Concerns growing over violent incidents at SW schools
South West teachers and union officials this week banded together in an effort to address escalating violence in the region’s schools.
South West teacher Bill Kilner, who has worked in the profession for 35 years, said it was troubling that when students were violent towards teachers, it was often the teacher who was reprimanded for their reaction.
“Instances of violence are being investigated by the standards and integrity directorate without taking into consideration the actions of students,” Mr Kilner said.
“What we have found is that kids have more power now – they walk into a class and say ‘you can’t touch me’.
“It is creating an unsafe environment because we have a duty of care and need to be able to exercise control to be able protect ourselves, other students and property if needed.
“We want teachers to be recognised as public officers, so if they are assaulted there is a mandatory result – not jail time, but there needs to be a consequence for bad behaviour.
Union vice president Samantha Schofield said cuts to the education budget had led to greater pressure on schools.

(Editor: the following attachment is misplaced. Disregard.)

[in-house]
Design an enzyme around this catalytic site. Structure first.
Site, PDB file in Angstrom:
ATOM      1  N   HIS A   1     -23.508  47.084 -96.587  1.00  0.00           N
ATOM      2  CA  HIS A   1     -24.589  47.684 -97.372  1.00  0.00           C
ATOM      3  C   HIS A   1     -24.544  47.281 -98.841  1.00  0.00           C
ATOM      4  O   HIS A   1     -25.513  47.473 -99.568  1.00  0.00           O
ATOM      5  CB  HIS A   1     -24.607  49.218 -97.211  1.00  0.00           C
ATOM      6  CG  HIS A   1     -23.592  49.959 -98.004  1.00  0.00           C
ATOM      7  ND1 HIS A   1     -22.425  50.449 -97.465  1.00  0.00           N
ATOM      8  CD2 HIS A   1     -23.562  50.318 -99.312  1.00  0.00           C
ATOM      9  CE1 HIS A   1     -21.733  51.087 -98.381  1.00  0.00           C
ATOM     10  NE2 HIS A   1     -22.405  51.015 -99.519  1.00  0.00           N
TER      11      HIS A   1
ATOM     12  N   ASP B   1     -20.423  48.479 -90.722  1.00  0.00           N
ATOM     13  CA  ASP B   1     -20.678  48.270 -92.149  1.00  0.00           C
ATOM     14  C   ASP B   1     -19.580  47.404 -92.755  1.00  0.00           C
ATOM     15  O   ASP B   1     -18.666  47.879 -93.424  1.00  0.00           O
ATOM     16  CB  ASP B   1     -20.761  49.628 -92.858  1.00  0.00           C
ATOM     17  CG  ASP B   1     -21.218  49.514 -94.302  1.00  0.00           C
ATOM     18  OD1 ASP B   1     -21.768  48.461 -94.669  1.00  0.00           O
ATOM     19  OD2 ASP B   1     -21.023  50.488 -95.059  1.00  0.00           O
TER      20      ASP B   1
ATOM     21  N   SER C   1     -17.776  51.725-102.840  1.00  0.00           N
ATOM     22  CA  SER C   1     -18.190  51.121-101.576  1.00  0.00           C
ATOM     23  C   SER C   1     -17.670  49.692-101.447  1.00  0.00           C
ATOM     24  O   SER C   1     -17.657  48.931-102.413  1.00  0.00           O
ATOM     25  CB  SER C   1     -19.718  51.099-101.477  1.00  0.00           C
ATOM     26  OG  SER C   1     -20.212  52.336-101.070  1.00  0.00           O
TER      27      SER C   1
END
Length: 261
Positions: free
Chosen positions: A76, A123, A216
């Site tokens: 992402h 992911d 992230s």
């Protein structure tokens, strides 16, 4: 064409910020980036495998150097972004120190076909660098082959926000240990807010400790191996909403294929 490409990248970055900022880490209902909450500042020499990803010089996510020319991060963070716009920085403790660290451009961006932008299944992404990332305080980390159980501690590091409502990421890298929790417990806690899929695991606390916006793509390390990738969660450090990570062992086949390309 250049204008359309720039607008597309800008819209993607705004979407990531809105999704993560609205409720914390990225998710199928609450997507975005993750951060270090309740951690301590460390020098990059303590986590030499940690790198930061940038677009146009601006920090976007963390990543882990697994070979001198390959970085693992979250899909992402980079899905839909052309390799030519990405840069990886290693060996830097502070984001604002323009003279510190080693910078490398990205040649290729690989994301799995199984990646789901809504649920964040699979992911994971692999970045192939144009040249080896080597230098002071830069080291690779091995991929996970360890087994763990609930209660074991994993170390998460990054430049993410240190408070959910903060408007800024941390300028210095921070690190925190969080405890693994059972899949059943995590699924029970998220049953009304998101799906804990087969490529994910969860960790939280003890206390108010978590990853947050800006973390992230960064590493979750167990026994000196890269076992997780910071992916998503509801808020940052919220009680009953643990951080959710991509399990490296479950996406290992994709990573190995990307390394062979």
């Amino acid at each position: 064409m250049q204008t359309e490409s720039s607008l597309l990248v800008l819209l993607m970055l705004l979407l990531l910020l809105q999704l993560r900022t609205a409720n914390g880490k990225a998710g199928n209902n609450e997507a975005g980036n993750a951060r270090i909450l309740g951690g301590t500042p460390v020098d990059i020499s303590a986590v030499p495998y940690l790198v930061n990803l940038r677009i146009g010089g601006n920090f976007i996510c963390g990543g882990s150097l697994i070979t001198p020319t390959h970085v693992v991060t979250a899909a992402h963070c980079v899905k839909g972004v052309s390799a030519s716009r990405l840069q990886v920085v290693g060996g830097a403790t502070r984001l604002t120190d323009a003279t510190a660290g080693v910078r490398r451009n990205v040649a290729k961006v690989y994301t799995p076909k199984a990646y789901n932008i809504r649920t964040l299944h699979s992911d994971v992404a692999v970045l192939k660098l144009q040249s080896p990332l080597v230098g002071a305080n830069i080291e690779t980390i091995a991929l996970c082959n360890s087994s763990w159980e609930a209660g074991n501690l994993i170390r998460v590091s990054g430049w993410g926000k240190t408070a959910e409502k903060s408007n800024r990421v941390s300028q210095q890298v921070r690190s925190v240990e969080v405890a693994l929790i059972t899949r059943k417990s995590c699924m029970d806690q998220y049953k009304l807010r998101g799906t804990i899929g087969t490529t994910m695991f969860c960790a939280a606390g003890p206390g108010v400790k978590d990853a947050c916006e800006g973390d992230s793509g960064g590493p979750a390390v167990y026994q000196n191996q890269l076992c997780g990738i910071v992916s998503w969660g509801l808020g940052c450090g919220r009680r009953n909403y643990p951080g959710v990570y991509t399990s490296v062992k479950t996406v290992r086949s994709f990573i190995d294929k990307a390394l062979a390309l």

“Our teacher and school leader members are telling us, as a result of budget cuts, it’s become harder to support students in their schools, particularly those who exhibit a range of defiant, oppositional and or aggressive behaviours,” she said.
“Student behaviour and violence against teachers continues to be an issue in WA classrooms.”
Last week the union endorsed an “in-principle” agreement with the Department of Education which addressed some of concerns.
“The EBA offer has addressed some of our concerns regarding violence against teachers and principals, with an agreement to amend the Keeping Our Workplace Safe document to require compliance with the Occupational Health and Safety Act and Regulations to report injuries or harm to the health of employees, have an at-risk management plan for hazards at the workplace including violence and to identify these hazards by assessing the risk and implementing effective control measures,” Miss Schofield said.
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